What to Consider when Designing an IoT Solution
Part 1: What is Telematics and why is it important?
To develop an end-to-end IoT solution that captures, transports, visualizes and stores data, there is a set of preliminary steps that need to be defined. These include identifying broad and diverse use cases, asset types and key users to help determine what data you need, when you need it and ultimately how to design the application for success. We will be taking a deep dive into these critical areas and what IoT consists of throughout this 4 segment blog series where I will cover the following:
1. What is Telematics and why is it important?
2. Telematics and data collection
3. Data transmission
4. Data aggregation, visualization & storage
What is Telematics?
As defined by the Association of Equipment Manufacturers (AEM), Telematics is used to collect, record and transmit vehicle operational data on a web-based platform from which further analysis can be completed. If you look at each one of these functional elements of telematics on their own, they don’t provide much value but combined they are very powerful and enable limitless capabilities. Whether the need is for data analytics to identify the life expectancy of an engine or the ability to see the current location of an asset that is being delivered to the job, telematics functionality is leveraged to provide the solution.
Why is Telematics Important?
Telematics means many different things to different people. From the collection and analysis of data to determine how a machine operates in certain environments, to where the machine is located because it’s due on the jobsite at 10am. Each piece of data looks to increase asset uptime, lower cost of ownership, improve operator performance & safety, provide prognostics for maintenance and/or manage compliance. These benefits are what customers who engage with assets are looking to gain when using a telematics solution. You may be asking, “Who are the customers that engage with assets?” This is a fair but tough question to answer. Customers range anywhere from site owner to operator, mechanic to parts department employee, logistics team member to fleet manager and anyone else who works with or around machinery. We refer to these customers as end-users.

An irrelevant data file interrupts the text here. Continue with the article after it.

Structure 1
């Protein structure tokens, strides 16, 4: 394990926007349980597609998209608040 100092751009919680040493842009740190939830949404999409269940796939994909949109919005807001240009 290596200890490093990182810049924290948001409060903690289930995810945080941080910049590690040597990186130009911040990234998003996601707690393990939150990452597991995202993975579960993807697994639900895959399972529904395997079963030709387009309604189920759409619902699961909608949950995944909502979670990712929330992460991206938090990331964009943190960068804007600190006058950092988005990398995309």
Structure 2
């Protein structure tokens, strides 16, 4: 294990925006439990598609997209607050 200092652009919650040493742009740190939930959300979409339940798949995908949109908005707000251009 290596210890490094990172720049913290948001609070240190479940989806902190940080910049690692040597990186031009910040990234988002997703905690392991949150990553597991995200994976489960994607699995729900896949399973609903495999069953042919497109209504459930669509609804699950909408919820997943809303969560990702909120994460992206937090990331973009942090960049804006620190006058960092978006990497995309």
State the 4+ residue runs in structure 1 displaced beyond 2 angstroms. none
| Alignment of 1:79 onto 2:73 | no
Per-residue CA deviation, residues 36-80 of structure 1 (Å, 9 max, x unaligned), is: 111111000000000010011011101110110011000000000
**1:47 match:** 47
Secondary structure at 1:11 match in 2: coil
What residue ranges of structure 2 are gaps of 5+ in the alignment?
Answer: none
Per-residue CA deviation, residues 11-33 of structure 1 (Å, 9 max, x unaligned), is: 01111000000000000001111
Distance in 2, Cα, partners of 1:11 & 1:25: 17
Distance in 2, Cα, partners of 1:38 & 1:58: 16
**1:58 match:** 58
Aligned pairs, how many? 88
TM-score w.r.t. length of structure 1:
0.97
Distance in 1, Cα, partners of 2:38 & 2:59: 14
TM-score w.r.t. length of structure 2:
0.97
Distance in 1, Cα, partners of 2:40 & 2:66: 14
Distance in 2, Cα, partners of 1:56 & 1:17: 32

End-users are looking for solutions and machines that provide the benefits mentioned above, while equipment manufacturers (OEMs) of assets are looking for ways to leverage Telematics technology to improve their machines giving them a competitive advantage. For example, an OEM support team will use telematics to remotely troubleshoot a front-end loader in near real-time rather than incurring the high cost of dispatching a Sr. technician just to identify the problem.
Related Blog Posts:
Part 2: Telematics and Data Collection
Part 3: Telematics and Data Transmission
Part 4: Telematics and Data Aggregation, Visualization and Storage
More on Telematics..
Meet The Author
Chad Repp is the Business Development Manager of the CANect Telematics product family at HED where he works closely with internal and external customers to design, develop and implement best-in-class end-to-end Telematics solutions. Chad has over 20 years of asset mobility experience specifically in solution architecture and design. Prior to joining HED, Chad was the Manager of Business Development & Strategic Planning for Verizon Wireless supporting various end-to-end solutions focused on Telematics and IoT.
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This blog touches on the challenges that vehicle OEM's and end users face daily and what potential solutions are available when managing mixed fleets. Published 9/14/2020
This blog series covers How to Define Your IoT Solution. In this segment I discuss applying methods of modularity to avoid constraints when building your Telematics solution. Published: 11/25/20